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Scottish National Dictionary (1700–)

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First published 1976 (SND Vol. X). Includes material from the 2005 supplement.
This entry has not been updated since then but may contain minor corrections and revisions.

WAST, adv., prep., adj., v., n. Also wasst (Sh. 1898 Shetland News (1 Oct.), 1931 Shetland News (14 March) 7). Sc. forms and usages of Eng. west (Sc. 1725 Ramsay Gentle Shep. i. ii.; Ayr. 1786 Burns Twa Herds ii.; Slk. a.1835 Hogg Tales (1874) 282; Abd. 1871 W. Alexander Johnny Gibb xviii.; e.Lth. 1885 S. Mucklebackit Rural Rhymes 91; Ags. 1899 Barrie W. in Thrums vii., Kcb. 1913 A. Anderson Later Poems 28, Per., Fif., Lth., Ayr. 1915–26 Wilson, Ork. 1920 J. Firth Reminisc. 50; Bwk. 1942 Wettstein; Rxb. 1942 Zai). Gen.Sc. See P.L.D. § 76.1. and cf. East.

I. adv. 1. As in Eng., lit. in or to the west. Also in a less specific directional sense, as over, out, away, down, from one side to the other, esp. away from or to the left of the speaker or the person addressed, away from home, etc., more precision being determinable only from the context. Cf. East, II. 2. Freq. in Highl. Sc. as an equivalent of Gael. siar, west, back, sideways, upstream (of a river flowing east).Sc. 1793 Burns in Merry Muses (1911) 121:
Wanton Wattie cam west on 't.
Bwk. 1823 A. Hewit Poems 137:
[They] drank till their wames did stand wast.
Sc. 1858 Sc. Haggis 80:
The terms ‘east' and ‘west' are as common with the country people in the Highlands, and are used in the same manner as right and left are in the south. ‘The servant lass has been sewing on the button, and she has put it an inch o'er far west.'
Edb. 1871 A. MacLagan Balmoral 151:
Tell him to come wast the nicht.
Bwk. 1879 W. Chisholm Poems 78:
Though some may gang pushin' an' oxterin' past, An' order ye proudly to “stand a bit Wast”.
Sc. 1928 Scots Mag. (July) 275:
That man's place That sits fornent a congregation vast And strummels on an organ east and wast.
Rs. 1950:
Rax east thee 'an an tak wast a scone.
Bnff. 1960 V. Gaffney Lordship Strathavon (S.C.) 35:
The idiom was used in everyday speech and persisted until early in the present century; even indoors, where west = Scots “ben”.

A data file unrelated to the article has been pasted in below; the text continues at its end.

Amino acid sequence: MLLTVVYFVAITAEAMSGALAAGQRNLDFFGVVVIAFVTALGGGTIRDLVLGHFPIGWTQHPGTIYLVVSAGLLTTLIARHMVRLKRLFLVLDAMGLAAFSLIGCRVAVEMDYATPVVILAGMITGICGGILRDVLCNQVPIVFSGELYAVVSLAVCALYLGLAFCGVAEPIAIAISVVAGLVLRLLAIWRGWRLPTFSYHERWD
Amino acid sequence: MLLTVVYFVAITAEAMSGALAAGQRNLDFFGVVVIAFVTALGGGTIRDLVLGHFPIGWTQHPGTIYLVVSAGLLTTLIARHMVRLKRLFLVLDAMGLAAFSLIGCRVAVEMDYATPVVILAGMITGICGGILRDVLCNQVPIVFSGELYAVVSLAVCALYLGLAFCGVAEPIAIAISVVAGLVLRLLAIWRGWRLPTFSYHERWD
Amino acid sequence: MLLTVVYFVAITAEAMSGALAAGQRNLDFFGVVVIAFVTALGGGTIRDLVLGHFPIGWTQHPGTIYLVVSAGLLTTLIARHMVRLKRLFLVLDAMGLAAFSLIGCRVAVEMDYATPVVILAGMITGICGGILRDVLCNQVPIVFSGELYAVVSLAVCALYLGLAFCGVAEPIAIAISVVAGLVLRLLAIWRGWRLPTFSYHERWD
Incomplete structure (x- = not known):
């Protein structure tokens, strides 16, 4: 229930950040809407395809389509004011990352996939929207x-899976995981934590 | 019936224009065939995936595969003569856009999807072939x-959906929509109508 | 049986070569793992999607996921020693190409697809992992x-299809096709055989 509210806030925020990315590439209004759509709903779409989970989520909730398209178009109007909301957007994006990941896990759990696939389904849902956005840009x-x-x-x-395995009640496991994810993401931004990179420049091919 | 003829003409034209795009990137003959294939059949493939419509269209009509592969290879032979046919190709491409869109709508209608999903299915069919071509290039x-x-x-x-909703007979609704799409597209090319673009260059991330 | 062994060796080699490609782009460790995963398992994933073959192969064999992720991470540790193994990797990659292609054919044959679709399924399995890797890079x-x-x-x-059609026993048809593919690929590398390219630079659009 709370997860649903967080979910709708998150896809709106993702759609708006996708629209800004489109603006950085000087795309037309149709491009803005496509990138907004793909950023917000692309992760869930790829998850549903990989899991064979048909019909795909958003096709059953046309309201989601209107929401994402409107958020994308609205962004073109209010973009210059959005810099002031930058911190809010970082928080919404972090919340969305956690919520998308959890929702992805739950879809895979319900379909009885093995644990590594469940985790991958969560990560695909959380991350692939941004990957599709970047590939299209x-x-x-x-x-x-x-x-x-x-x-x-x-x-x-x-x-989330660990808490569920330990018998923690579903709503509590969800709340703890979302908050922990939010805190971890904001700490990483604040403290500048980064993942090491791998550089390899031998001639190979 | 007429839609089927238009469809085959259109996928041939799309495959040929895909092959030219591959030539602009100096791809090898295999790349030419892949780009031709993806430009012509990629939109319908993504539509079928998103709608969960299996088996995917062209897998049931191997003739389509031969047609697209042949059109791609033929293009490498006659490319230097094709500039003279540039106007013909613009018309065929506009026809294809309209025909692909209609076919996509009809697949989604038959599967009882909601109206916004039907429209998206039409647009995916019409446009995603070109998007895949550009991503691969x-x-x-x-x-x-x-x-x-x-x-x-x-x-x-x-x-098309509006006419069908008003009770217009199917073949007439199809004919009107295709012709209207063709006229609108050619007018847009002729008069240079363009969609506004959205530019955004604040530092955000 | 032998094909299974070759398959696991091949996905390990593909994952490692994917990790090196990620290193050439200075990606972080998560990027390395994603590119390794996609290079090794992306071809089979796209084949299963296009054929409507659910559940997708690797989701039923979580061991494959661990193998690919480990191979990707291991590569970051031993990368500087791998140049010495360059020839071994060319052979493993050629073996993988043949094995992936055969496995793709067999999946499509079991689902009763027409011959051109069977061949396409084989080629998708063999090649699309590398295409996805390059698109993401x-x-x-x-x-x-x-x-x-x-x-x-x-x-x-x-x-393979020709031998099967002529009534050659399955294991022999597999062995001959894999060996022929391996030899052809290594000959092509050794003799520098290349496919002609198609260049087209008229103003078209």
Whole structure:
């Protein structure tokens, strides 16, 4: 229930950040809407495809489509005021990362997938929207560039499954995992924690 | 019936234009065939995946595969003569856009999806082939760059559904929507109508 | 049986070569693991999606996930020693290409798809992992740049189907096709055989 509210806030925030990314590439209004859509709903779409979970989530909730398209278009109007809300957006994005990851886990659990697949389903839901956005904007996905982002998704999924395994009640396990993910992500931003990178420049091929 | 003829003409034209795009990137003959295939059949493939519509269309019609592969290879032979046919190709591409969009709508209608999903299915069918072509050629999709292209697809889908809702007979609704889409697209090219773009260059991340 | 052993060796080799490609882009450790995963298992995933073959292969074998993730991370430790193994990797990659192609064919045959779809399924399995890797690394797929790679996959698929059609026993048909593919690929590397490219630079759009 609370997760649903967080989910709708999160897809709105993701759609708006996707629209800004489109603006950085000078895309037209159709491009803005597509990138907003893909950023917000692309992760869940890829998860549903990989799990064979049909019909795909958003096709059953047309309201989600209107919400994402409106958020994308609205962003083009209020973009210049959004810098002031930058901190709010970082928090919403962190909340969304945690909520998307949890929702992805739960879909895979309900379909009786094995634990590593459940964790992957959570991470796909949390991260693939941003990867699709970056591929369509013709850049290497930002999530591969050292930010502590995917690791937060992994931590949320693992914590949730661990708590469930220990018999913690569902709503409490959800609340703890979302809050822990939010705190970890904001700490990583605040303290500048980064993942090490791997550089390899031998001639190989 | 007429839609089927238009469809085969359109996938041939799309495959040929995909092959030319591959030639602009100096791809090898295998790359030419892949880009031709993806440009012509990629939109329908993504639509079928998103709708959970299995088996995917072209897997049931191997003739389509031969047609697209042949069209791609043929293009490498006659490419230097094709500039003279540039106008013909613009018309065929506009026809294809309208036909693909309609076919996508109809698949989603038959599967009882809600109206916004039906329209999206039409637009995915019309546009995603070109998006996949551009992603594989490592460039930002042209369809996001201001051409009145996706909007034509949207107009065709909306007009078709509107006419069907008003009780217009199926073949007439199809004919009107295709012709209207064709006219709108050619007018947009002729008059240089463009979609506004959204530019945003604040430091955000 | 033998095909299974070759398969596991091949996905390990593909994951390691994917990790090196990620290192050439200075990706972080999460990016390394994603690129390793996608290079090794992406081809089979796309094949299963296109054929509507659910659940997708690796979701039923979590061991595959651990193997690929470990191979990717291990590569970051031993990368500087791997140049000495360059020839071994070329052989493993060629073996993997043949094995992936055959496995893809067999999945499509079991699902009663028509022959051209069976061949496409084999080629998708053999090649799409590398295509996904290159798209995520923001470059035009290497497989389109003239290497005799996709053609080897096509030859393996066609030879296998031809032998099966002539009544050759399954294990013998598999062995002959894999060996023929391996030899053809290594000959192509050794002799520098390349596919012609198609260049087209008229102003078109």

2. Sc. combs. and derivs.: (1) bewast, see Bewast prep.; (2) wast about, = (3); (3) west-awa, in or to the west (Slg., Lnk. 1973); (4) west-by, westward, in a westerly direction (Ags., Per. 1973); (5) wast-gaun, western, leading to the west; (6) wast ower(-bye), westwards, to or in the west (Sh., Kcd. 1973); (7) wastrin, westrin, Sc. forms of Eng. western (Abd. 1923 J. R. Imray Village Roupie 16; Sh. 1973); (8) wastru, waastroo, adv., id. (Sh. 1973); adj., western, from the west (Sh. 1914 Angus Gl.; Sh. 1973). See Throu, II.; (9) westweys, westwards; (10) westwith, westwards, in the west. See -With.(2) Per. 1881 D. MacAra Crieff 36:
The natives west about will be as well to keep a good look-out.
(3) Sc. 1817 Scott Rob Roy xxvii.:
The treaty that opened us a road west-awa' yonder?
Slg. 1932 W. D. Cocker Poems 141:
The fair, weel-wooded, pleasant kintry That stretches wast-awa' frae Fintry.
(4) Abd. 1790 A. Shirrefs Poems 72:
[She] taul's ye gaed west-by a wee afore.
Fif. 1864 W. D. Latto T. Bodkin xxix.:
Whan are we to see you twa wastbye?
Ags. 1894 F. Mackenzie Cruisie Sk. ix.:
We'll get her ta'en Wast bye to Noran Kirkyard?
(5) Lnk. 1923 G. Rae Lowlands Hills 15:
Till gloamin' draps through the wast-gaun yett.
(6) Bnff. 1827 Aberdeen Star (20 July) 313:
We gang wast oerbye for mussels to be bait.
Sh. 1899 Shetland News (22 July):
Whin I was waast ower yisterday.
Sh. 1949 New Shetlander No. 19. 26:
So I took da koo an medd wast ower.
(8) Sh. 1899 Shetland News (29 July):
Da waastroo boys is met Bawby at da burn as shü cam' trow.
Sh. 1914 Angus Gl.:
When will du be gjaain wastru?
(9) Kcb. 1901 R. Trotter Gall. Gossip 158:
Nations maistly gaed westweys lang syne.
(10) Abd. 1924 Swatches o' Hamespun 43:
Wastwith, the sin i' the reid, reid lift Dwines laich yont the muckle Ben.

II. prep. As in senses I. 1. above, westwards to, along or over, on the west side of, freq. in such phrs. as wast the fleer, across the floor (Abd. 1947), wast the gate, road, street, toun, etc. (ne.Sc., em.Sc. (a) 1973).Fif. 1704 D. Webster Witchcraft (1820) 139: